The Fine Art of Delegation
by Loren Prairie, President & Founder, PCI Performance Management

If you can’t delegate, you will never be effective as a manager. Being able to leverage your entire team is the only way to maximize your whole department’s productivity. To use a sports analogy, it takes a whole team to win the game. Yet I see many managers trying to do it all themselves.
Let’s face it, they didn’t offer any managerial classes on delegation in school. Management and delegation in particular was rarely a subject mentioned in passing in other classes. Delegation certainly wasn’t taught. In fact, delegation has been something that teachers have scorned and ingrained in students’ minds not to do.
In school, delegation might be better known as cheating or plagiarism. In high school or college, would it have ever been acceptable to go up to someone and say “Can you do my homework for me?” or “Can you take this test for me?” However, that’s just what delegation calls for.
Even after graduation, delegation is still not seen as something viable or worthwhile. Most people are promoted by what they, themselves, accomplish. People are admired for their own work. In order to get promoted they must get ahead of the pack, through their own work, by their own accomplishments. They do better and get recognized for their own, individual efforts.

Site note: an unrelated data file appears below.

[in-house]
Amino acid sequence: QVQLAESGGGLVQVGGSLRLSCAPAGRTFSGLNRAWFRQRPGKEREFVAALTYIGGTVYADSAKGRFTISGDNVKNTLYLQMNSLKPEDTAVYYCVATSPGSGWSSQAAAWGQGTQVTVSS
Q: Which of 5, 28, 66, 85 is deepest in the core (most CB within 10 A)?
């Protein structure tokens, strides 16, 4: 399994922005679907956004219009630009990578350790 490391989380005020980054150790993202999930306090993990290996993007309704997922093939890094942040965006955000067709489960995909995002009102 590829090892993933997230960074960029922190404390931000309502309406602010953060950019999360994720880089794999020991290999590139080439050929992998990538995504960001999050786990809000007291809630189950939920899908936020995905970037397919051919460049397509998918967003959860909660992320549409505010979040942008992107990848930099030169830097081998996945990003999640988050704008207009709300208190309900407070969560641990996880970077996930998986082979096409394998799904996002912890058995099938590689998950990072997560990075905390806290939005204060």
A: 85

They become a superstar. To have someone do your work for you? Absurd. That's not how we are hard-wired to gain recognition. 
Even if a manager were to be told to delegate, they would most likely feel some resistance to the idea. It’s much easier to do it yourself. It’s done right and within your timeframe. There’s no need to explain the expectations to someone else. You don’t need to put your trust in a subordinate, who may not even know how to do the task. But the biggest reason managers don’t delegate is that they aren’t expected to. To be an effective manager, however, delegation is absolutely necessary.
That’s not to say delegation doesn’t come without its drawbacks. Delegation is certainly a skill that must be practiced and it does call for a lot of communication with the subordinate. You must delegate, not abdicate. That is, you can’t expect to just pass off a task and not check back in. Instead, you must communicate with the person what you are expecting of them and within what timeframe you want it done. If it’s a bigger project, what are some milestones and when do you expect them done? How much of it can be in the employee’s hands – what decisions can they make for themselves? What are you comfortable delegating?

“Delegate, don’t abdicate”

Some questions to help you get started:

  • What are you comfortable delegating?
  • What have you decided to delegate?
  • Will the employee need training?
  • Did you set expectations?
  • What it should look like when it’s done?
  • What time is it due?
  • If it’s a big project – what are the milestones?
  • What decisions can an employee make on their own?
  • How will you and the employee know if the whole delegation thing has been successful?
Ready to give it a shot?

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